The U.S. Food and Drug Administration (FDA) has designated JCAR017 a Breakthrough Therapy as a possible treatment of relapsed or refractory aggressive large B-cell non-Hodgkin lymphoma. In addition, arms of the European Medicines Agency (EMA) — the Committee for Medicinal Products for Human Use (CHMP) and the Committee for Advanced Therapies (CAT) — granted JCAR017 access to the EMA’s Priority Medicines (PRIME) scheme covering its use in relapsed or refractory diffuse large B-cell lymphoma (DLBCL).
Both the FDA and EMA decisions are meant to speed the clinical development and agency review of JCAR017, a product based on chimeric antigen receptor (CAR) T-cells, for the proposed indications.
“The encouraging news of the FDA Breakthrough Therapy and EMA PRIME designations reflect the agencies’ emphasis on accelerating the development and assessment of potential new options for serious blood cancers like DLBCL,” Jay Backstrom, MD, chief medical officer and head of Global Regulatory Affairs for Celgene, said in a news release. “We will continue to work closely with our partners at Juno and with the agencies to move the JCAR017 program forward in the interest of patients with relapsed or refractory DLBCL.”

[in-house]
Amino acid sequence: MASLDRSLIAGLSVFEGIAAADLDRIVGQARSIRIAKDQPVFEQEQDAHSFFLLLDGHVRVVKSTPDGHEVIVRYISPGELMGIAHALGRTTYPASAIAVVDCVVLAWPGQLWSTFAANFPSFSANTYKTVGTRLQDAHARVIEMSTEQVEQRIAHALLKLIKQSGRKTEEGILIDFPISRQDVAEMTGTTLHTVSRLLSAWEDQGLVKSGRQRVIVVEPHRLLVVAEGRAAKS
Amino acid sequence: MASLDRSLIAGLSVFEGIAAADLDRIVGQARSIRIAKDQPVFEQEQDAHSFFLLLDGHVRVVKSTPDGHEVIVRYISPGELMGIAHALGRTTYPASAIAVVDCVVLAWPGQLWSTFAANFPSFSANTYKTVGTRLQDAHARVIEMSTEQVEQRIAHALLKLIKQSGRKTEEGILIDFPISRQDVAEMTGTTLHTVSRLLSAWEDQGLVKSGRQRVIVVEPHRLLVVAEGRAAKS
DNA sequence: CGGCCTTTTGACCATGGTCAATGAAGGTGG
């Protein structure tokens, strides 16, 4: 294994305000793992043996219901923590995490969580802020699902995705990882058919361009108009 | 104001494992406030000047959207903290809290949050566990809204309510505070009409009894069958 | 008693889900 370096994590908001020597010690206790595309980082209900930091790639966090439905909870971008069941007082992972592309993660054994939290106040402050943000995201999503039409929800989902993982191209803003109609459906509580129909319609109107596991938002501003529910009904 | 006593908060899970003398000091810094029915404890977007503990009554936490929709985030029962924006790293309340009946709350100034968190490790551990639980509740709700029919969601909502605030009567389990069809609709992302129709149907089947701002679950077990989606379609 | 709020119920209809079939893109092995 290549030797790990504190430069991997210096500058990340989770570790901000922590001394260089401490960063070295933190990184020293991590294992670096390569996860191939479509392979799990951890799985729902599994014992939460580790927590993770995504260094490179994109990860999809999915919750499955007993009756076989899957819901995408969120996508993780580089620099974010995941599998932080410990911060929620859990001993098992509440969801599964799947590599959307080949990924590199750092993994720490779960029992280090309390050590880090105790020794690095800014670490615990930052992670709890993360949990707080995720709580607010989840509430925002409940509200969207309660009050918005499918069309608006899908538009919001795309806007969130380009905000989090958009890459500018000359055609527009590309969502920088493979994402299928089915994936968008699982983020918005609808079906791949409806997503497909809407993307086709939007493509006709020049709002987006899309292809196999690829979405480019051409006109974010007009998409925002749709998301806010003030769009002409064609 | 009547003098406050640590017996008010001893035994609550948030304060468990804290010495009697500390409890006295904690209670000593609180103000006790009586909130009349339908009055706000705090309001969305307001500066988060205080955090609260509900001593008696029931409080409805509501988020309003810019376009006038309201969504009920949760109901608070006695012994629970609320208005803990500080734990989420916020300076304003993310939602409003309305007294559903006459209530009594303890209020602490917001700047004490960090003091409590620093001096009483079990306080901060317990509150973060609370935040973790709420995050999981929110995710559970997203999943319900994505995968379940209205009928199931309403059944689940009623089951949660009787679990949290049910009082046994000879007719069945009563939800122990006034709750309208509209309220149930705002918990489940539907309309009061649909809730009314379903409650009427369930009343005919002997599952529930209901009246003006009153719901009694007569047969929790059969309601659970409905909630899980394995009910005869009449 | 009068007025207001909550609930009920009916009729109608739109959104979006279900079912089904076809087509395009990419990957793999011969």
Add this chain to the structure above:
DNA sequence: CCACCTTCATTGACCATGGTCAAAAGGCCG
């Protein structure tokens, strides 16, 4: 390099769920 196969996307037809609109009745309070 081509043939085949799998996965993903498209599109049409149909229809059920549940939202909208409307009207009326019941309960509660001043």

CAR T-cells are T-cells that are isolated from a cancer patient and genetically engineered to target cells expressing a defined protein. The JCAR017 product consists in combining helper (CD4-positive T-cells) and killer (CD8-positive T-cells) CAR T-cells in a defined composition, and engineered to find and destroy cancers expressing the CD19 molecule, such as lymphoma and leukemia.
Results from the Phase 1 TRANSCEND study, which assessed JCAR017 in patients with relapsed or refractory DLBCL, follicular lymphoma grade 3B, or mantle cell lymphoma, were recently presented at the 58th American Society of Hematology (ASH) Annual Meeting in San Diego.
In a poster presentation, Jeremy Abramson, MD, of Massachusetts General Hospital Cancer Center, revealed that a single dose of JCAR017 (50 million cells) induced complete responses in 60 percent of patients with DLBCL and follicular lymphoma grade 3B.
“The Breakthrough Therapy designation from the FDA and PRIME eligibility from EMA for JCAR017 highlight the need for new treatment options for patients with DLBCL, particularly for the significant number of patients who do not respond to initial therapy or with relapsed disease,” said Mark J. Gilbert, MD, Juno’s chief medical officer. “Early data with JCAR017 in a range of B-cell malignancies has been encouraging, and we look forward to initiating a pivotal trial in patients with relapsed or refractory DLBCL in the U.S. in 2017.”
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